Yibo Wang, a graduate student in the Gahlmann Group, has been awarded a 2020-2021 Dean's M.S.-Ph.D. Fellowship in Data Science.The fellowship will allow Yibo to complete an M.S. in Data Science en route to his Ph.D. in Chemistry. Congratulations Yibo!

Seminars

Sensing through the Skull: Developing Surface-Enhanced Spatially-Offset Raman Spectroscopy (SESORS) for in vivo Neurochemical Detection

Sensing through the Skull: Developing Surface-Enhanced Spatially-Offset Raman Spectroscopy (SESORS) for in vivo Neurochemical Detection

Dr. Bhavya Sharma | University of Tennessee, Knoxville

Hosted by Professor Jill Venton

Sensing through the Skull: Developing Surface-Enhanced Spatially-Offset Raman Spectroscopy (SESORS) for in vivo Neurochemical Detection

The brain is a complex organ, with billions of neurons and more than 30 distinct neurochemicals (possibly up to 100), involved in all aspects of a human life, including cognition, movement, sleep, appetite, and fear responses. For some neurological diseases/conditions, changes in neurochemical concentrations could be predictors of early onset disease or disease progression. While there are a variety of sampling techniques which can detect neurotransmitters in biofluids at low concentrations, these techniques often involve multi-step sample preparations coupled with long measurement times, and are not suited for in vivo detection. There is a need for the development of sensors for the detection of neurotransmitters that are selective, rapid, and label-free with little to no sample processing. We focus on the detection of biomarkers for neurological activity in biofluids and through the skull.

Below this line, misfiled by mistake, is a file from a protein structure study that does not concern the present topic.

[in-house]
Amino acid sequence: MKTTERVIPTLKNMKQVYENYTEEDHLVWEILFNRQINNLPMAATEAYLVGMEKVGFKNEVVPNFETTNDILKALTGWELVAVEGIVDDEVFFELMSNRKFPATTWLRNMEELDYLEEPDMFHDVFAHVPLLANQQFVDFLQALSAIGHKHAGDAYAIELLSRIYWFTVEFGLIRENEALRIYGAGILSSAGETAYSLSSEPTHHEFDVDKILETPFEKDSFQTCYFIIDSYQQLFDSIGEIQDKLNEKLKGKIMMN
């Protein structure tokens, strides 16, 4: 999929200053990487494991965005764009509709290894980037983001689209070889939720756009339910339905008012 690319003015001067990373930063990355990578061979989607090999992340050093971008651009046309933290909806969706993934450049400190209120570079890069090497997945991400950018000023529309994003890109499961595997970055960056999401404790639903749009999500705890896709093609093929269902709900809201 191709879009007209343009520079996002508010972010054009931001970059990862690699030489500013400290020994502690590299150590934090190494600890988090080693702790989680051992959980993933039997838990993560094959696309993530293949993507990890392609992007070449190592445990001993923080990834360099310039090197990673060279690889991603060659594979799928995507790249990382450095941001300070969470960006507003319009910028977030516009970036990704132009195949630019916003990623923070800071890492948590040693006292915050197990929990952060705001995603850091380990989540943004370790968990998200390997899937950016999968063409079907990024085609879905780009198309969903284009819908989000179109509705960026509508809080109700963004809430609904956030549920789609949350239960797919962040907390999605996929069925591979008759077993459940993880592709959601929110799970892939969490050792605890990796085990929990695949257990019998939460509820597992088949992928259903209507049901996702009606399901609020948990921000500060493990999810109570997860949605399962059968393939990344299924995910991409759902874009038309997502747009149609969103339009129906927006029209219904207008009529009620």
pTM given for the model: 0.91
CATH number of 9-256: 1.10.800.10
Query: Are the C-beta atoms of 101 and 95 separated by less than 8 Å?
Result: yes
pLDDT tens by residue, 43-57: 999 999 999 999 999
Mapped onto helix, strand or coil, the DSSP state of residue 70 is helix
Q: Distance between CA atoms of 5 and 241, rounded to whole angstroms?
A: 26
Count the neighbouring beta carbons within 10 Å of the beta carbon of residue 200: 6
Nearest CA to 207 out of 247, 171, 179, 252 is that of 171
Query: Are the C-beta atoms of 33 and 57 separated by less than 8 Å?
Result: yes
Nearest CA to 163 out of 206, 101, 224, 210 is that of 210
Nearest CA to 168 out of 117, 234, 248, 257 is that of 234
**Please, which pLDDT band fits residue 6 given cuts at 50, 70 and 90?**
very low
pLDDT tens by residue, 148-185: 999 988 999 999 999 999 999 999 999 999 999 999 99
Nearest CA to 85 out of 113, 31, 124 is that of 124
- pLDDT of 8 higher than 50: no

Our approach is to apply surface enhanced Raman spectroscopy (SERS), a highly specific and selective vibrational spectroscopy, for the detection of neurochemicals. Raman scattering is an inherently weak phenomenon. We incorporate the electric field generated at the surface of noble metal nanoparticles in our sensors to enhance the weak Raman scattering signal. SERS is surface selective, highly sensitive, rapid, label-free and requires little to no sample processing. We are developing SERS-based sensors for in vitro neurotransmitter sensing at physiologically relevant concentrations in biofluids. For in vivo detection, we combine SERS with spatially offset Raman spectroscopy (SORS), where Raman scattering spectra is obtained from subsurface layers of turbid media.  We demonstrate detection of physiologically relevant concentrations of neurotransmitters in the micromolar (µM) to nanomolar (nM) concentration ranges with SESORS in a brain tissue mimic through the skull.

Friday, October 23, 2020
Incorporating Metal-Ligand and Metal-Metal Cooperativity into First Row Transition Metal Complexes with Applications in Catalysis

Incorporating Metal-Ligand and Metal-Metal Cooperativity into First Row Transition Metal Complexes with Applications in Catalysis

Dr. Christine Thomas | Ohio State University

Hosted by Professor Charlie Machan

Incorporating Metal-Ligand and Metal-Metal Cooperativity into First Row Transition Metal Complexes with Applications in Catalysis